Are you in Canada? Click here to proceed to the HK Canada website.

For all other locations, click here to continue to the HK US website.

Human Kinetics Logo

Purchase Courses or Access Digital Products

If you are looking to purchase online videos, online courses or to access previously purchased digital products please press continue.

Mare Nostrum Logo

Purchase Print Products or eBooks

Human Kinetics print books and eBooks are now distributed by Mare Nostrum, throughout the UK, Europe, Africa and Middle East, delivered to you from their warehouse. Please visit our new UK website to purchase Human Kinetics printed or eBooks.

Feedback Icon Feedback Get $15 Off


Free shipping for orders over $99

Need to access your Online Course or Ebook?

Balance your calories in and calories out to lose

This is an excerpt from Physical Education Action Plans by Charmain Sutherland.

Action Plan 7.11 Playing to Lose

NASPE Standards

2, 3


Students learn to balance caloric intake while participating in a speed and agility activity.

Concepts and Skills

To maintain a healthy weight, we must know how many calories we consume and how many we burn. Certain activities burn more calories than others do. In this action plan, students demonstrate the following skills:

  • Fitness (general)
  • Agility
  • Movement
  • Social and self-awareness
  • Other (an understanding of nutrition and body composition)


When athletes stop playing and training in sports and physical activities, they start to lose their muscle mass and often gain weight. An athlete named Matt seems to have traded his six-pack abs for a spare tire.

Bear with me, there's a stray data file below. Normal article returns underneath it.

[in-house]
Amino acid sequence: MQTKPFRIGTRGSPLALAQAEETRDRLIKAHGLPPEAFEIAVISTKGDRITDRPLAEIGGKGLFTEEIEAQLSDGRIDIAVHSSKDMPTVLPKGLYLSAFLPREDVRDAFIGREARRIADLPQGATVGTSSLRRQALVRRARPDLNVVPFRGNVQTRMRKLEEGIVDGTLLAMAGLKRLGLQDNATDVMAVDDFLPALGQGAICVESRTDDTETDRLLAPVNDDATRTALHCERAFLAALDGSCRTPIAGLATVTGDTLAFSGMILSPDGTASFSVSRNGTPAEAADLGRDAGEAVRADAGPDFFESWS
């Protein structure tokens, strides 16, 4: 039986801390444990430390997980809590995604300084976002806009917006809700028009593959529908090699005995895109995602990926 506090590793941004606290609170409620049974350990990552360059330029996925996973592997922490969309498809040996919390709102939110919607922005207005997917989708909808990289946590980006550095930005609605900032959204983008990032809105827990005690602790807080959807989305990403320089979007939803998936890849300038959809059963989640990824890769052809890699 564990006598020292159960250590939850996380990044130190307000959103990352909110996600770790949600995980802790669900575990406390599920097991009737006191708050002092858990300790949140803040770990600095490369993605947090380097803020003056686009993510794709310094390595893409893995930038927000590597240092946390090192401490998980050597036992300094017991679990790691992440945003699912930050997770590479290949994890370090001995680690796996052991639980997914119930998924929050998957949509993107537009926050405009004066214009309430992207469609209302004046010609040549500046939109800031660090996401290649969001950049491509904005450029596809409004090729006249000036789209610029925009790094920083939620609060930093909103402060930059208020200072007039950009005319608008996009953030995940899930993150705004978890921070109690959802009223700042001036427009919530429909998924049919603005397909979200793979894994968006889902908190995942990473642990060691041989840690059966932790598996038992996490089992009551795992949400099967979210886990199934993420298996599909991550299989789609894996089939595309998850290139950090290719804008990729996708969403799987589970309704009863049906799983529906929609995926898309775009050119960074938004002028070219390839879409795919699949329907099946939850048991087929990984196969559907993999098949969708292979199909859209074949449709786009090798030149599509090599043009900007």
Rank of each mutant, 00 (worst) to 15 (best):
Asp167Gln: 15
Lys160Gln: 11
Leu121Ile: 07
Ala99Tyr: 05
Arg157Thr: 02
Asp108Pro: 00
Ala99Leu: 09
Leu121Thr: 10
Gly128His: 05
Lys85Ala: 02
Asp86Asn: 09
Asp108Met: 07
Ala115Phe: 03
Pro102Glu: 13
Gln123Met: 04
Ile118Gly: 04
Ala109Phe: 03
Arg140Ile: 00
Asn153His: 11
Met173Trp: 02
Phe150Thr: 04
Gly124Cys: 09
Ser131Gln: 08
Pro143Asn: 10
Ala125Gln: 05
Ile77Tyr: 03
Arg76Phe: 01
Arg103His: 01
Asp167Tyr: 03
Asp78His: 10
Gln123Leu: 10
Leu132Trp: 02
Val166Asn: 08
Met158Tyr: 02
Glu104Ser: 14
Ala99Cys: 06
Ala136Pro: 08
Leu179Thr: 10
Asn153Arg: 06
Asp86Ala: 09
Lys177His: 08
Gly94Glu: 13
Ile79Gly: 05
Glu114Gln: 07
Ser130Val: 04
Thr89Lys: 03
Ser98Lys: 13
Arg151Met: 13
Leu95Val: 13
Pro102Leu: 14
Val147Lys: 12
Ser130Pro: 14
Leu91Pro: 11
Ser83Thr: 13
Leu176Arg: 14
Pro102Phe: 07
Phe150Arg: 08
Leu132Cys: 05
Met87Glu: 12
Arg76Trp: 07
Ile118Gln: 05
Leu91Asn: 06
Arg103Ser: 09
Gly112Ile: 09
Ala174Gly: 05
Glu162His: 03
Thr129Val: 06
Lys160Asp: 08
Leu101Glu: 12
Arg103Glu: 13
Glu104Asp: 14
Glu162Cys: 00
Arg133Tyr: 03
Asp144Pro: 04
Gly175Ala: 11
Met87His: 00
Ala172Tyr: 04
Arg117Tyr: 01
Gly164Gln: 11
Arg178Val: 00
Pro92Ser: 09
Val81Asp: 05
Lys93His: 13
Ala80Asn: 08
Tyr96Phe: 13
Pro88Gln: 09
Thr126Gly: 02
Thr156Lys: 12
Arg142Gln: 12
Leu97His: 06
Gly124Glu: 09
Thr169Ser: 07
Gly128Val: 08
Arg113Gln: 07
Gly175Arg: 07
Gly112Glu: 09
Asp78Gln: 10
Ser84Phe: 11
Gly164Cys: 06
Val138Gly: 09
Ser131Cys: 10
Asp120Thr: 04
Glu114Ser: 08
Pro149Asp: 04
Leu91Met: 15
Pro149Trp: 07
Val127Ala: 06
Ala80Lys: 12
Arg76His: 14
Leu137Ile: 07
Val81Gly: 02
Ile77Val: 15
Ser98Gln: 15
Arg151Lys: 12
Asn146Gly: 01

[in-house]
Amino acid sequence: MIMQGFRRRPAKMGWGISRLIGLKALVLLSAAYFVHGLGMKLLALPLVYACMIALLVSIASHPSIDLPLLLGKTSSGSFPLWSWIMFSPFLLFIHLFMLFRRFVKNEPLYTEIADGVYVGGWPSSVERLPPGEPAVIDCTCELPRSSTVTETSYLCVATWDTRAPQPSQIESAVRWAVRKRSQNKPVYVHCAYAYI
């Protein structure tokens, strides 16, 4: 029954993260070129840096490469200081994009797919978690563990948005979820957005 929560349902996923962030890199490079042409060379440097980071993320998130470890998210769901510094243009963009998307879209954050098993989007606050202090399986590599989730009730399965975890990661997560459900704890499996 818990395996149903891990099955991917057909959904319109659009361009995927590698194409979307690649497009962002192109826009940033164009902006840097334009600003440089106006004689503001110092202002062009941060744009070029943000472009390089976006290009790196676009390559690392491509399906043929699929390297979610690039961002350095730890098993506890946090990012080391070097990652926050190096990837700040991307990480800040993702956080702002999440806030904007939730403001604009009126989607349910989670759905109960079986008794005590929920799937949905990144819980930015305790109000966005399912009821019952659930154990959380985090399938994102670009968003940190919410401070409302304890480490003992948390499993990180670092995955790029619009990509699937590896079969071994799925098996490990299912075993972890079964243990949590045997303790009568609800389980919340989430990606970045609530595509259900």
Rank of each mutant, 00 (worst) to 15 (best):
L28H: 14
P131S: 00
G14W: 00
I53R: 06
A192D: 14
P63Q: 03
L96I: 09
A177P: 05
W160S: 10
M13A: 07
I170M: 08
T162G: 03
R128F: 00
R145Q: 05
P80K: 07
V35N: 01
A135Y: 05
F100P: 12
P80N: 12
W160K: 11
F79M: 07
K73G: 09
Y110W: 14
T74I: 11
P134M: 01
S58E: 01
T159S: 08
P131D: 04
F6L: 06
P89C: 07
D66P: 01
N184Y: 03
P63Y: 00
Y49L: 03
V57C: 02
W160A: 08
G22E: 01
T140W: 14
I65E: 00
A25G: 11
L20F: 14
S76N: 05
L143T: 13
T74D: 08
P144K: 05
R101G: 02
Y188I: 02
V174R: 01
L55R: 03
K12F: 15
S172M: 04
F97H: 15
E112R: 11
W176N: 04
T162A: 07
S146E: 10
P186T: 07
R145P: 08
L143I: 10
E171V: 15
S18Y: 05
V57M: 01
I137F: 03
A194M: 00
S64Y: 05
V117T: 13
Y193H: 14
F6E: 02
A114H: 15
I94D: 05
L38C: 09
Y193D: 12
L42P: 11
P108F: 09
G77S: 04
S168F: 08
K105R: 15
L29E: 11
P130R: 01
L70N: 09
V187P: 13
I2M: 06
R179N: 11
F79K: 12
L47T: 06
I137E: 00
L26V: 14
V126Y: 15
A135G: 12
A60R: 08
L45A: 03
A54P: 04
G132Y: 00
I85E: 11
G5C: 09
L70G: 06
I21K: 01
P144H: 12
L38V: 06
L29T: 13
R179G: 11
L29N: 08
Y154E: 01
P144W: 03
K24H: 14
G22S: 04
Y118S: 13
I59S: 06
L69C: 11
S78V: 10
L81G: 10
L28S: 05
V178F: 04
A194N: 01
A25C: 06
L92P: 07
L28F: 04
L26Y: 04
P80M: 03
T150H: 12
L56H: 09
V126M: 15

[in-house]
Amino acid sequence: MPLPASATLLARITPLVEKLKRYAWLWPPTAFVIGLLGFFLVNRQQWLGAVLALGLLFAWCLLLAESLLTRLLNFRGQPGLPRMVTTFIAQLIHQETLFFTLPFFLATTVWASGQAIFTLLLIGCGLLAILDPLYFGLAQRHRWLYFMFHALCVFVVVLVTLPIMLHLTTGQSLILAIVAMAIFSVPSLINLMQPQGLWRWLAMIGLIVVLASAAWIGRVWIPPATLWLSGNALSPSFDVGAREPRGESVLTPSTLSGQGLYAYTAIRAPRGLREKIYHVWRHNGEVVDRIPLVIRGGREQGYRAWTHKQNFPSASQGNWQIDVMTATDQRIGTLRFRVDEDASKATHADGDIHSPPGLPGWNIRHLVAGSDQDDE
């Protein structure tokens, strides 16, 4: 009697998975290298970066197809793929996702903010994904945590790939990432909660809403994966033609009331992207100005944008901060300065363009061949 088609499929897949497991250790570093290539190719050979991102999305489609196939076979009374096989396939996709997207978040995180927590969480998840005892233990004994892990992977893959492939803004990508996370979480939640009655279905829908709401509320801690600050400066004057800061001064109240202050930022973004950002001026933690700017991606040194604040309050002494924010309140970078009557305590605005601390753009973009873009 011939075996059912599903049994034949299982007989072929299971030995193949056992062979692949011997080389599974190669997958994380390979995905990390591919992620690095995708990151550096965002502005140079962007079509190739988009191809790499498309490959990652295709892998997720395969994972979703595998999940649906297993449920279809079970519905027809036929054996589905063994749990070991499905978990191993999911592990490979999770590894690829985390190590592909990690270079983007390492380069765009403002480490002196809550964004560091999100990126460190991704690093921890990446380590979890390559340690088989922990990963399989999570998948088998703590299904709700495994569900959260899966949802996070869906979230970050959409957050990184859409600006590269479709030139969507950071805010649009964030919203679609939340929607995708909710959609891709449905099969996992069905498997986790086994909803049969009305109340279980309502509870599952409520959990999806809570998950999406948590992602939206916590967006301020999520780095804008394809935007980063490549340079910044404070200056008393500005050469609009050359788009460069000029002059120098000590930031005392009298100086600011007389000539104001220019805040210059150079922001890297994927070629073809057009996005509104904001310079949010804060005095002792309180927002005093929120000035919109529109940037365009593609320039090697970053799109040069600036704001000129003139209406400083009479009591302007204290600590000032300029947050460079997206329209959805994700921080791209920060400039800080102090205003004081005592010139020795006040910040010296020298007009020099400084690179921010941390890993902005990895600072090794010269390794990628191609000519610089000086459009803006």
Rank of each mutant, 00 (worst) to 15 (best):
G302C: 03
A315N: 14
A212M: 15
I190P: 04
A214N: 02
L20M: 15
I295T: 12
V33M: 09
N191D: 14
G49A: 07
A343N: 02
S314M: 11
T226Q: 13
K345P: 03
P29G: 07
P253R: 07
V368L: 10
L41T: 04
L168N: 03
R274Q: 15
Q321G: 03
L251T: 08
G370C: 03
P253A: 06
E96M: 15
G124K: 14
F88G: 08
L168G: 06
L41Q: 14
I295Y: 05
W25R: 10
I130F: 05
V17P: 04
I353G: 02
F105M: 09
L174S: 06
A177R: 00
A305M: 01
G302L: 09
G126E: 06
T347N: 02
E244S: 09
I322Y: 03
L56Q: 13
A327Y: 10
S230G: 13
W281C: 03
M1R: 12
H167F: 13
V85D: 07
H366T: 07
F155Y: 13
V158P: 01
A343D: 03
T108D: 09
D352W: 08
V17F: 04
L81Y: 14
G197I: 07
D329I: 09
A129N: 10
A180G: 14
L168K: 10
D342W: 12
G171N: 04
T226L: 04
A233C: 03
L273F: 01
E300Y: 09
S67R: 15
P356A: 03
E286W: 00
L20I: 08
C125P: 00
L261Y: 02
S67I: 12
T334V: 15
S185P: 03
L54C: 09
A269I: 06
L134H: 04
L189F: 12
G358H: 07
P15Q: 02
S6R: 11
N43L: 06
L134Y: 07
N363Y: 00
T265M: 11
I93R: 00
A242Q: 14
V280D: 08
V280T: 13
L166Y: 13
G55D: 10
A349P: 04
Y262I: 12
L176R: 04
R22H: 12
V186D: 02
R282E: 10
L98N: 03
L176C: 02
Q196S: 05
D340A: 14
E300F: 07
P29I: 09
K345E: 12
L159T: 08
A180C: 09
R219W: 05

Revisit how the number of calories in and calories out determines whether we gain or lose weight. Use 3,500 for the caloric value of a pound of body weight. Discuss the food groups, vitamins, nutrients, and water, and explain that we need a balance of these to be healthy. Revisit the concept that when the balance is out of whack, our bodies show it. Now, introduce how exercise helps to keep our muscles in shape, which not only helps our bodies have better shape but also helps us burn off calories.


3 = Participated in the Burn and Balance activity; comprehended the idea of caloric burn from the Burn and Balance game and the calories burned ranking table; completed the worksheet

2 = Two of the three criteria listed for 3

1 = One of the three criteria listed for 3


Hula hoops, polyspots with caloric values


1. Paraphrase the following story:

Matt, a football player, likes to show off his six-pack abs. His abdomen usually has ripples of hard muscles. But lately, the ripples seem to be disappearing, or moving to the sides of his waist. Ever since football season ended, Matt sits on the couch and eats potato chips and watches TV for hours and hours. The ripple relocation is because he has replaced exercise with sitting and eating.

We don't want Matt to go from Musclemattic Matt to Fat Matt. Let's help Matt balance his 2,000 calories a day with exercise. After you balance the calories in the Burn and Balance game, rank the activities from most calories burned to least calories burned. This way, we can give Matt choices for action instead of just letting him watch TV and eat bags of chips.